Sir Martin Sorrell, chief executive of the world's largest ad group WPP, estimates Amazon (NASDAQ: AMZN) generated about $2.5 billion in ad revenue last year. To put that in perspective, Twitter (NYSE: TWTR) -- still one of the world's largest digital ad companies -- generated just $2.25 billion in ad revenue last year.
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Amazon's advertising business is seen as a big growth driver for the company's bottom line. It's another high-margin product that's supported by Amazon's main retail operation, and it could have a similar impact as Amazon Web Services, the company's cloud-computing business. Meanwhile, Alphabet (NASDAQ: GOOG) (NASDAQ: GOOGL) subsidiary Google can't be happy about Amazon's growing advertising business.
A look at the numbers
Amazon doesn't offer exact numbers for its advertising business. Instead, it lumps it in with a few other small revenue generators like its co-branded credit cards. Last year, this "other" category generated $3.4 billion of revenue between Amazon's North American and International segments.
Without knowing exactly what goes into Amazon's Other line item, it's hard to say whether Sorrell's estimate is accurate. As the head of WPP, he certainly has a lot of insight into who's winning share of the digital ad market. And it's feasible Amazon did indeed sell $2.5 billion worth of ads last year based on its financial reports.
That said, it's by far the biggest estimate for Amazon's ad business. eMarketer estimates Amazon's ad business will bring in about $1 billion in 2017.
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By comparison, Twitter's ad business started stalling last year, bringing in just $2.25 billion, up just 12.5% from the $2 billion it brought in in 2015. What's more, ad revenue ought to decline this year after the company pulled back on some of its direct-response ad products. That opens the door for those ad dollars to find a new home. And Amazon provides a great opportunity for lots of those direct-response ads.
Google's worst nightmare
Amazon's ad products have so much potential for the same reason Google ads are so valuable. More and more people are searching Amazon for products every day, broadcasting their intent to buy a trinket or doodad. If a trinket maker can get his product to the top of Amazon's search results, he stands a better chance of making a sale.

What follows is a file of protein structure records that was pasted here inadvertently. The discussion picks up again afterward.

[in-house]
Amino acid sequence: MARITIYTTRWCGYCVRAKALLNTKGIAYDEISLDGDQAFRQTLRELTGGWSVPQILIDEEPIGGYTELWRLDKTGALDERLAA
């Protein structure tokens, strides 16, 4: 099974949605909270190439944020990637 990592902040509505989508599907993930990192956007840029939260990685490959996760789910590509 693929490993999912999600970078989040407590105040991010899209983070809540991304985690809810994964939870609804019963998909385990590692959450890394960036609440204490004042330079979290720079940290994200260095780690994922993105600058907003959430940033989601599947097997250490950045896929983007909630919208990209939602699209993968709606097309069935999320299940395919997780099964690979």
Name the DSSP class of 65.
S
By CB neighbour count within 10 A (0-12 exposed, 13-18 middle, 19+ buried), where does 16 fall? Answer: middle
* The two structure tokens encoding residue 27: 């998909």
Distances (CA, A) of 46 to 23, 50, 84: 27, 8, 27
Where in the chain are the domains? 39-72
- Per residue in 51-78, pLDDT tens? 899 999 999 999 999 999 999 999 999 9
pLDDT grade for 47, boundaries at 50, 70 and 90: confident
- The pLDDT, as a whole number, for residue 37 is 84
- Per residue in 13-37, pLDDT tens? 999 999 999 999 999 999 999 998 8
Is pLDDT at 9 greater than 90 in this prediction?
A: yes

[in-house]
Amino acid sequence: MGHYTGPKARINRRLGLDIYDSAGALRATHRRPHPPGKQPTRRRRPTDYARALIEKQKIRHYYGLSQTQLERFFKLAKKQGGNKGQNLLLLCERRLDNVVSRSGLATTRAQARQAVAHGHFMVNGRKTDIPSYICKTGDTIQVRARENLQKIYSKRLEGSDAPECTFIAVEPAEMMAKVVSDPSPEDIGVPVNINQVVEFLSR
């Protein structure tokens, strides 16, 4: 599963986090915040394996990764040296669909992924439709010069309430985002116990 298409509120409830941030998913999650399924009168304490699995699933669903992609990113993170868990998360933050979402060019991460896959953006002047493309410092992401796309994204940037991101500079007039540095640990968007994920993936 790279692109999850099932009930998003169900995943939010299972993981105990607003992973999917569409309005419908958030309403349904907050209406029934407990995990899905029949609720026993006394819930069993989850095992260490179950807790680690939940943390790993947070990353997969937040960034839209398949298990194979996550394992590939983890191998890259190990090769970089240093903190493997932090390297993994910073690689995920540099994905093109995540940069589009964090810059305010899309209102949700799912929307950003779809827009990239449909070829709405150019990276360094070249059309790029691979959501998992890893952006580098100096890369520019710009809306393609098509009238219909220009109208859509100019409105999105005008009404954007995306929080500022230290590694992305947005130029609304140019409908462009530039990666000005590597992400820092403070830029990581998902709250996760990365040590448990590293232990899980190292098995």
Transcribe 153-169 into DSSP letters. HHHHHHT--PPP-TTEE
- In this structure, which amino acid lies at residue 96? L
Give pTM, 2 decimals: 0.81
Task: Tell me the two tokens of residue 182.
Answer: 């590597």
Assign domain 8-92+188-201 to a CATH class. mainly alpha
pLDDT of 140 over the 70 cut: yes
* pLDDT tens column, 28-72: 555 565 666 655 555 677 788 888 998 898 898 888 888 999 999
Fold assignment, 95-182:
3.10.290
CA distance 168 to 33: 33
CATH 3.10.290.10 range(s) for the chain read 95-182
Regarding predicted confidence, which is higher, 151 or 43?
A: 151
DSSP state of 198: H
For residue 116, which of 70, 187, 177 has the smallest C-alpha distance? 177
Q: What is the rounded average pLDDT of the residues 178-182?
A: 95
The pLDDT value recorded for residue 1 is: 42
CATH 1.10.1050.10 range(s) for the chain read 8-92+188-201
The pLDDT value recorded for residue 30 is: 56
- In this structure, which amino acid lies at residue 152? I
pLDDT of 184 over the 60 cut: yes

In fact, purchase intent is even stronger on Amazon than for the same searches on Google, since Amazon is a shopping platform. That means Amazon ads ought to be more appealing to marketers than Google ads. And as Amazon opens more ad inventory, it could be taking sales directly out of the hands of Google.
The trend gets stronger considering more and more people are beginning their product searches on Amazon. 55% of online shoppers now began their product search on Amazon.com last year. That's up from 44% the year before. Meanwhile, traditional search engines took just 28% of product searches last year, down from 34%.
Considering those trends, it's not too far-fetched for Amazon to catapult to one of the biggest digital advertising companies in just a few years. It has a growing trove of extremely valuable ad inventory, and it's only just started to capitalize on it.
Amazon risks hurting smaller third-party retailers, who are already getting squeezed out of its increasingly crowded marketplace. Increased advertising could create a scenario where the rich get richer and a smaller business with little to no ad budget can't win any sales. Amazon's competitors are already capitalizing on that scenario, but its third-party merchant sales remain as strong as ever. Still, management needs to balance ad inventory with it marketplace business as it continues to ramp up ad sales.
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Suzanne Frey, an executive at Alphabet, is a member of The Motley Fool's board of directors. Adam Levy owns shares of Amazon. The Motley Fool owns shares of and recommends Alphabet (A and C shares), Amazon, and Twitter. The Motley Fool has a disclosure policy.